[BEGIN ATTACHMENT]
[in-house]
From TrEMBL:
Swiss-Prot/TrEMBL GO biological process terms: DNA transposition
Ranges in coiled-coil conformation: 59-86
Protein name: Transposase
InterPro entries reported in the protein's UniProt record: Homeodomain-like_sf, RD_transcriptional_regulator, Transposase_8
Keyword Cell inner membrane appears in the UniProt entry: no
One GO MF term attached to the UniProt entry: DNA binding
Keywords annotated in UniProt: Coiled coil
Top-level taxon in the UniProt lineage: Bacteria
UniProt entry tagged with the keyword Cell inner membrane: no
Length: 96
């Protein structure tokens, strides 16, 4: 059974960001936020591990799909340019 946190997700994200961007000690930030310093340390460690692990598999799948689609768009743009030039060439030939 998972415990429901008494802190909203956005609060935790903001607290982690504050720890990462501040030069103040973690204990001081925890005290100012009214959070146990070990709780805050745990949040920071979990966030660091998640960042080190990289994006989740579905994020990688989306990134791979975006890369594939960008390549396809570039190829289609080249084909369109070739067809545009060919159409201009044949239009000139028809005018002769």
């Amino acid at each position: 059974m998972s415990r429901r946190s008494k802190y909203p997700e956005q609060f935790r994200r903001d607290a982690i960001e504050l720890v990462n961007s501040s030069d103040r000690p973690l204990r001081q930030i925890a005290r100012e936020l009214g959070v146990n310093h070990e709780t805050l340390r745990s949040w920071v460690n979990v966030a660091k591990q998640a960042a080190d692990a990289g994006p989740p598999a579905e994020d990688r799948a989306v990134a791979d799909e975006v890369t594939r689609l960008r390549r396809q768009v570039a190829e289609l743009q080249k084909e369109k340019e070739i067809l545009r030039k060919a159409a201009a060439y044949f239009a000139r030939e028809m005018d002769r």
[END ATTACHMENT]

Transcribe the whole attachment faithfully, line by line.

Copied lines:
[in-house]
From TrEMBL:
Swiss-Prot/TrEMBL GO biological process terms: DNA transposition
Ranges in coiled-coil conformation: 59-86
Protein name: Transposase
InterPro entries reported in the protein's UniProt record: Homeodomain-like_sf, RD_transcriptional_regulator, Transposase_8
Keyword Cell inner membrane appears in the UniProt entry: no
One GO MF term attached to the UniProt entry: DNA binding
Keywords annotated in UniProt: Coiled coil
Top-level taxon in the UniProt lineage: Bacteria
UniProt entry tagged with the keyword Cell inner membrane: no
Length: 96
């Protein structure tokens, strides 16, 4: 059974960001936020591990799909340019 946190997700994200961007000690930030310093340390460690692990598999799948689609768009743009030039060439030939 998972415990429901008494802190909203956005609060935790903001607290982690504050720890990462501040030069103040973690204990001081925890005290100012009214959070146990070990709780805050745990949040920071979990966030660091998640960042080190990289994006989740579905994020990688989306990134791979975006890369594939960008390549396809570039190829289609080249084909369109070739067809545009060919159409201009044949239009000139028809005018002769």
């Amino acid at each position: 059974m998972s415990r429901r946190s008494k802190y909203p997700e956005q609060f935790r994200r903001d607290a982690i960001e504050l720890v990462n961007s501040s030069d103040r000690p973690l204990r001081q930030i925890a005290r100012e936020l009214g959070v146990n310093h070990e709780t805050l340390r745990s949040w920071v460690n979990v966030a660091k591990q998640a960042a080190d692990a990289g994006p989740p598999a579905e994020d990688r799948a989306v990134a791979d799909e975006v890369t594939r689609l960008r390549r396809q768009v570039a190829e289609l743009q080249k084909e369109k340019e070739i067809l545009r030039k060919a159409a201009a060439y044949f239009a000139r030939e028809m005018d002769r």